Stevens' bench, once perilously thin, looks like it can confidently lean on at least four options in the postseason. Smart and Brad Wanamaker will handle backup guard minutes while Williams and Enes Kanter should split center reps based on matchups. Stevens can mix in the occasional doses of Semi Ojeleye or Grant Williams or Romeo Langford on nights he must go deeper.

The Celtics have proven they can hang with the best of the Eastern Conference, putting a scare into Milwaukee despite spotting them a big early lead early in scrimmage play, and taking down Toronto at the height of their bubble buzz.

A matchup with injury-battered Philadelphia seems inevitable to open the playoffs. The Sixers still have plenty of talent, including old friend Al Horford, but the absence of Ben Simmons, and some uncertainty about the health of Joel Embiid, makes Philadelphia a far more agreeable foe than maybe it seemed even a week ago.

Boston’s improved level of play has helped boost the team’s confidence as well, regardless of first-round opponent.

“Obviously, we continue to get better, and I think we have from Game 1 playing down here to now,” said Tatum. "I think we just continue to get better each and every game, and that’s what you want this time of year, to continue to get better at the right time of the season.”

Barring the bizarre during Thursday’s matinee finale, the Celtics will head into the postseason playing some inspired ball and operating with a contender’s confidence.

The last four games haven’t been perfect but the Celtics have shown their potential during them. With Stevens’ ability to hone in on an opponent and an added level of focus required by the postseason, Boston has a chance to take its play even a level higher.

The last four games have shown that the Celtics are ready for what’s next.

Stars, Studs and Duds from Celtics' impressive win over Grizzlies

Stars, Studs and Duds from Celtics' impressive win over Grizzlies

With the No. 3 spot locked up and no chance of moving up or down, there was not a ton of incentive for the Boston Celtics in their next-to-last seeding game, against the Memphis Grizzlies.

But you would have thought it was the Celtics -- not the Grizzlies -- who were playing for their postseason lives.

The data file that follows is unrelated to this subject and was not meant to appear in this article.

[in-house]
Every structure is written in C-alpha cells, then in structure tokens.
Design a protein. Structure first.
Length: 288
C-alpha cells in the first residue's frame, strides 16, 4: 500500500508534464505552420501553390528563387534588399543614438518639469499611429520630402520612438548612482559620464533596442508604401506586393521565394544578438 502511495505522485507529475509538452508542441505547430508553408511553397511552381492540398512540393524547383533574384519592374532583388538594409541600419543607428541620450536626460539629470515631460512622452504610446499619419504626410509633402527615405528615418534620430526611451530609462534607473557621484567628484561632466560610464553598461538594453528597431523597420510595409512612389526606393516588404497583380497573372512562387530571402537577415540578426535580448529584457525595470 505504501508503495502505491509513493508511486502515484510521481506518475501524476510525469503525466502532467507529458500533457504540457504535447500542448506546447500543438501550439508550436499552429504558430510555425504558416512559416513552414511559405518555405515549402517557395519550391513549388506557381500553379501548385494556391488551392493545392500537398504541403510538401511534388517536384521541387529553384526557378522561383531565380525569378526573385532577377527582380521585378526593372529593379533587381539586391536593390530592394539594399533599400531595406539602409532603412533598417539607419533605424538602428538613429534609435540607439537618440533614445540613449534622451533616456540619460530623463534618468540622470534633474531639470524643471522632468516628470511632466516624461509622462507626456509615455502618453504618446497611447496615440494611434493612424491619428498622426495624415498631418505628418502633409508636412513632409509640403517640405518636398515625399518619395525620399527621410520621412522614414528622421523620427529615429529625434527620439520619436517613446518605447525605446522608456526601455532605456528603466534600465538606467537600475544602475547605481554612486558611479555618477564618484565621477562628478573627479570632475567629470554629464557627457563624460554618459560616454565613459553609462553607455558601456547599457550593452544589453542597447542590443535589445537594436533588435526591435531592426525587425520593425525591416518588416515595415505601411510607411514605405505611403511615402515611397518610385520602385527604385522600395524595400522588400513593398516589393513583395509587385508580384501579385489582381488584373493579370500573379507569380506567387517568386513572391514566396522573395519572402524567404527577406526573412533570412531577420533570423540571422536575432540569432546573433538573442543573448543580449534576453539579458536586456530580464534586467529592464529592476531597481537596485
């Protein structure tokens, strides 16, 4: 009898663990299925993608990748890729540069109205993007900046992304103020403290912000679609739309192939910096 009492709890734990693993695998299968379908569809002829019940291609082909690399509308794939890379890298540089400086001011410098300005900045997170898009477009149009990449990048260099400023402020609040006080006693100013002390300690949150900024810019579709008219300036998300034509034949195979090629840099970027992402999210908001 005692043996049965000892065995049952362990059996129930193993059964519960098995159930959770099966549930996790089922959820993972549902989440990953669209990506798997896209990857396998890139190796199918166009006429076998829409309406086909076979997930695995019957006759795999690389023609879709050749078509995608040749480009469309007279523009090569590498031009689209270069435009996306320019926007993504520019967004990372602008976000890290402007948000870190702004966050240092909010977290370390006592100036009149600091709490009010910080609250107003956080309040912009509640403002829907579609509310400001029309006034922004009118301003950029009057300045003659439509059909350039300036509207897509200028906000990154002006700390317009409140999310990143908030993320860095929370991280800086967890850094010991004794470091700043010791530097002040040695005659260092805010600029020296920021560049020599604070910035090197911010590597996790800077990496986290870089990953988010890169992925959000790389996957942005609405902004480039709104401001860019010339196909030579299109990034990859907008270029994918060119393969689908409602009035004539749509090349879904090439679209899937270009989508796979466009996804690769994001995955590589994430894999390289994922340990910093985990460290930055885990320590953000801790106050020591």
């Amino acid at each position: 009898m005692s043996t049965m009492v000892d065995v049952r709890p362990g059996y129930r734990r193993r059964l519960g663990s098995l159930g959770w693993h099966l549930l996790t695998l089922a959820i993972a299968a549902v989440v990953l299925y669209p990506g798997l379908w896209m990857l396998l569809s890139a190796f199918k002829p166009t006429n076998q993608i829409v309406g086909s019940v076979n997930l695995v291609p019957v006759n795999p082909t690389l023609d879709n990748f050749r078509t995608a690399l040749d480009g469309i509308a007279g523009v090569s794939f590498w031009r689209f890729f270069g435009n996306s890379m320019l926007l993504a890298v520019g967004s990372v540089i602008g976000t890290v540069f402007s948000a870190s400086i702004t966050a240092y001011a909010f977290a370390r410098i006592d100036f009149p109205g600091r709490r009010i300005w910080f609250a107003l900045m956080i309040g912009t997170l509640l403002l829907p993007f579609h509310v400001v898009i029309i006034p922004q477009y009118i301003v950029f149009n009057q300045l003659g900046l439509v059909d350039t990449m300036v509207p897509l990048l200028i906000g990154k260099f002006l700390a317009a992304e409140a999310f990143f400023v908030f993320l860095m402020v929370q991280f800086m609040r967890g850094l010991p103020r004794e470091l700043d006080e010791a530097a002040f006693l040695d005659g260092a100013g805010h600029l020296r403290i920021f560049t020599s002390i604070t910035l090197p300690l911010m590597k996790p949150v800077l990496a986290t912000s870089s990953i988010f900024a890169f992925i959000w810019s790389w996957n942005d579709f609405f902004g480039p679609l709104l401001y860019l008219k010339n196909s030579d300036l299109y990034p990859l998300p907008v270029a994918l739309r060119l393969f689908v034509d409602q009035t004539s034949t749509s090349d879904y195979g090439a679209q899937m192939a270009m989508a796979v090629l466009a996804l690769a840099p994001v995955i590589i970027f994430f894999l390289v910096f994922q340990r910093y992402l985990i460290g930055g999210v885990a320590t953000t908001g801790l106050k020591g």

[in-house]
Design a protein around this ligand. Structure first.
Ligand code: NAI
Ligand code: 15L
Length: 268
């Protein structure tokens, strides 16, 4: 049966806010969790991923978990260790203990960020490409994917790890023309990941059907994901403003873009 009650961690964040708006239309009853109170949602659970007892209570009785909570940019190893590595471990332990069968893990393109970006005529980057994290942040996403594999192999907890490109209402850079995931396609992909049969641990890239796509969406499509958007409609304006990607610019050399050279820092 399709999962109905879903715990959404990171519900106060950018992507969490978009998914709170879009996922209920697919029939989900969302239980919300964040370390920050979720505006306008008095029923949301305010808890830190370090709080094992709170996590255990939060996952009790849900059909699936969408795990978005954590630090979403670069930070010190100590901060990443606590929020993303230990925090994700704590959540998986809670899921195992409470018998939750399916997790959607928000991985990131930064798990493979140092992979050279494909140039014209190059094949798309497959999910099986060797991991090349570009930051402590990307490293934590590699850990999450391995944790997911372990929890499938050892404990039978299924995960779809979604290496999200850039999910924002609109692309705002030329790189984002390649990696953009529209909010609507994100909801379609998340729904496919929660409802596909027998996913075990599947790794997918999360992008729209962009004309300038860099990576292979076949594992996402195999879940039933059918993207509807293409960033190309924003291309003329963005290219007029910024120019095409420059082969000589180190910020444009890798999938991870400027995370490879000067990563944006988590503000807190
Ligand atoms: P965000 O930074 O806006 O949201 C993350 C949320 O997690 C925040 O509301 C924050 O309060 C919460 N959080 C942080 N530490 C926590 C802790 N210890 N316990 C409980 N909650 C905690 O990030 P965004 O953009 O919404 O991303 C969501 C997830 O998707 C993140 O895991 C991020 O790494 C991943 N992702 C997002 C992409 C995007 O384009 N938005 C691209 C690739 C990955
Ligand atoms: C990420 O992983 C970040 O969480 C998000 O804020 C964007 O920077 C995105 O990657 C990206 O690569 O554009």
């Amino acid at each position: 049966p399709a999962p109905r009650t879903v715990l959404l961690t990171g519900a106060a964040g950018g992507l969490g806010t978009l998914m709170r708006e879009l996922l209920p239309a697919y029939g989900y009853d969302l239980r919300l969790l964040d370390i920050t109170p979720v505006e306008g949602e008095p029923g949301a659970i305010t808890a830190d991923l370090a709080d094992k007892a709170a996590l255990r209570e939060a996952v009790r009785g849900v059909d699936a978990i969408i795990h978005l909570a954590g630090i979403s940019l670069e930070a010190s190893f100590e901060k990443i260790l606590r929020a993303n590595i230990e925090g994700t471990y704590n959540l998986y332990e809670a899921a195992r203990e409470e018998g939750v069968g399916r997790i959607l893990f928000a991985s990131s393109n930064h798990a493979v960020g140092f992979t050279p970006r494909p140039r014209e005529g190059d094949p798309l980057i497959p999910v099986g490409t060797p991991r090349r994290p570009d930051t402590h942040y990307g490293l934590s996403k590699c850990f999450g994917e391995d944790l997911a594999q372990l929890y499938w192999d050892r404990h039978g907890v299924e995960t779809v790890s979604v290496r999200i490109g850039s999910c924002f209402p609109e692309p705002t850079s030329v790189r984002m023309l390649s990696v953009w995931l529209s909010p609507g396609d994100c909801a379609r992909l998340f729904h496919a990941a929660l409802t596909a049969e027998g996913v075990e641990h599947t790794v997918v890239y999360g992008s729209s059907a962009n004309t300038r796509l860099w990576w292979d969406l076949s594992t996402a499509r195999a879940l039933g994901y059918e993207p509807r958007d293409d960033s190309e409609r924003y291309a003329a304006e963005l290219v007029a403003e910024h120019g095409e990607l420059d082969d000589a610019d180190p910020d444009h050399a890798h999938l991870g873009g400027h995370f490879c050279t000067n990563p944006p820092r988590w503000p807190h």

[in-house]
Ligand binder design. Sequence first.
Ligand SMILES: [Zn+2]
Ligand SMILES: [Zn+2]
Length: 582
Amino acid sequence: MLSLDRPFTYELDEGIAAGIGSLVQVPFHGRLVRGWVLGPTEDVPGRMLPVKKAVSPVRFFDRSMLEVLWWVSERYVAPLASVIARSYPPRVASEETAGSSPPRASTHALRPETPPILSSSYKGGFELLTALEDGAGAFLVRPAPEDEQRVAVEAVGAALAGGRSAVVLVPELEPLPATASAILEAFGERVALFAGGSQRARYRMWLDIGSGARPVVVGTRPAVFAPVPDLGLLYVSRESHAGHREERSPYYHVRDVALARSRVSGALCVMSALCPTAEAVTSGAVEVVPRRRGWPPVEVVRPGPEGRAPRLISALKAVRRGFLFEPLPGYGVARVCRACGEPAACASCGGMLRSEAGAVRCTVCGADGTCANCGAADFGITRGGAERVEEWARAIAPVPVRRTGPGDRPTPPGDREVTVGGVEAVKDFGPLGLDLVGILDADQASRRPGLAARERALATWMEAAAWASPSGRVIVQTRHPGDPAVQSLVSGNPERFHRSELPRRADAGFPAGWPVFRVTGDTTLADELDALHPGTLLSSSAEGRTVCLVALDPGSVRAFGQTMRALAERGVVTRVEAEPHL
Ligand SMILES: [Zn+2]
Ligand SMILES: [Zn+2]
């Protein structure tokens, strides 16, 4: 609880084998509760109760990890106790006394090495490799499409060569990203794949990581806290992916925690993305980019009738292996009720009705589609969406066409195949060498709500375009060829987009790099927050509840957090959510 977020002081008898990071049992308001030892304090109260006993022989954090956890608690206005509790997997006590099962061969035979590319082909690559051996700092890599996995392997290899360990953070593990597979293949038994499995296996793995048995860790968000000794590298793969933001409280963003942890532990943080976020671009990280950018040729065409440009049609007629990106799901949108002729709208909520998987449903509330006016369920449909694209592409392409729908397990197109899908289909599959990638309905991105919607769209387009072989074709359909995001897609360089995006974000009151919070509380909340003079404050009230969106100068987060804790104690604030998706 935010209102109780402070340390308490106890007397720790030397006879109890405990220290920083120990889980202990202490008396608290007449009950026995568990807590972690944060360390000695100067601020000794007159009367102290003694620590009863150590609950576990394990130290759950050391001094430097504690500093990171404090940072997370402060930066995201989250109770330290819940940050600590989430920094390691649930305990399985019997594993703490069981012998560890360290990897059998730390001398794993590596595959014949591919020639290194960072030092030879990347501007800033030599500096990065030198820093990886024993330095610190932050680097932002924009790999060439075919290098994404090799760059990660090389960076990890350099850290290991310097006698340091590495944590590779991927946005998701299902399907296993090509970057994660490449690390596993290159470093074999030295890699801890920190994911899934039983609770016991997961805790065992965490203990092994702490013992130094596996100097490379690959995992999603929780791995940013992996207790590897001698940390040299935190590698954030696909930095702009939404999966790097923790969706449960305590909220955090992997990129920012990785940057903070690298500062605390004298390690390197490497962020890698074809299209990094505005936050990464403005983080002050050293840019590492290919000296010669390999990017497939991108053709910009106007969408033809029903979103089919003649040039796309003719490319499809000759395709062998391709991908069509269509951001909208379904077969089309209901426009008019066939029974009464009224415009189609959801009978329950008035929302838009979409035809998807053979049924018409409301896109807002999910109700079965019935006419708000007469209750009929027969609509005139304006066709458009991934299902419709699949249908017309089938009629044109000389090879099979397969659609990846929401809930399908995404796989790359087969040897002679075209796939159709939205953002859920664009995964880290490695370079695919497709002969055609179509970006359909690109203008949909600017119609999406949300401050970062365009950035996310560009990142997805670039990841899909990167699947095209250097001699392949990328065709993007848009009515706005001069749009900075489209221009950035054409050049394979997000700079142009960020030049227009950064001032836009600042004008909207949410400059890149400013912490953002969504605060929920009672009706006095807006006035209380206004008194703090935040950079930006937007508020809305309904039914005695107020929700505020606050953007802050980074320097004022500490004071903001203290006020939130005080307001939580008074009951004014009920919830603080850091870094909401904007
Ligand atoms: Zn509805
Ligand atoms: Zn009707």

This Celtics team has shown itself to be more than just one of the best teams talent-wise we’ve seen since Brad Stevens took over in 2013.

Don't miss NBC Sports Boston's coverage of Celtics-Wizards, which begins Thursday at 11 a.m. with Celtics Pregame Live followed by tip-off at noon. You can also stream the game on the MyTeams App.

Watching the way this group has grown throughout the season and even more so during the league’s restart in Orlando, Fla., the Celtics have shown a level of focus on the task at hand – winning games – that has allowed them to not just survive in the Bubble but thrive against any and all the competition.

The latest to fall by the wayside against the Celtics was the Grizzlies, who were no match for Boston as the Celtics pulled away for a comfortable 122-107 win.

It was a performance that like so many we’ve seen of late from Boston, consisted of players stepping up to contribute in a multitude of ways.

And the Grizzlies, one of the feel-good stories of the season, were unable to make it much of a game.

Jayson Tatum: Memphis became the latest team that simply had no answer on how to contain Tatum. He led all scorers with 29 points in addition to grabbing six rebounds.

Ja Morant: For most of this season, Morant has been the best first-year player in the NBA. You can chalk up Tuesday’s game as yet another strong performance by Morant who led the Grizzlies with a double-double of 26 points and 13 assists.

Kemba Walker: After a rough game against Orlando, Walker bounced back with an efficient game with 19 points coming on 7-for-10 shooting to go with four rebounds and three assists. 

Marcus Smart: He put up a near double-double of 11 points and nine assists, but Smart’s impact was so much greater. His floor leadership, attention to detail, defense, intensity ... Smart brought it all to the floor and the Celtics were so much better off for it.

Jonas Valenciunas: If there’s one area of concern for the Celtics going forward, it has been the ability of opposing big men to put up big games with most of their work getting done around the rim. Valenciunas had a double-double of 14 points and 10 rebounds.

Robert Williams III: The days of being in and out of the lineup because of ineffective play or injuries appear to be behind Williams. He didn’t play a ton of minutes but Williams once again made his mark, finishing with 10 points, seven rebounds and three blocked shots in just 14 minutes of court time.

Brandon Clarke: The play of Clarke is one of the many reasons why the Grizzlies feel their best days are ahead of them. Clarke had 15 points on 7-for-14 shooting to go with six rebounds and a blocked shot.

Daniel Theis
: One of the not-so-bright spots for Boston was the play of Theis who had two points on 1-for-3 shooting along with struggles defensively.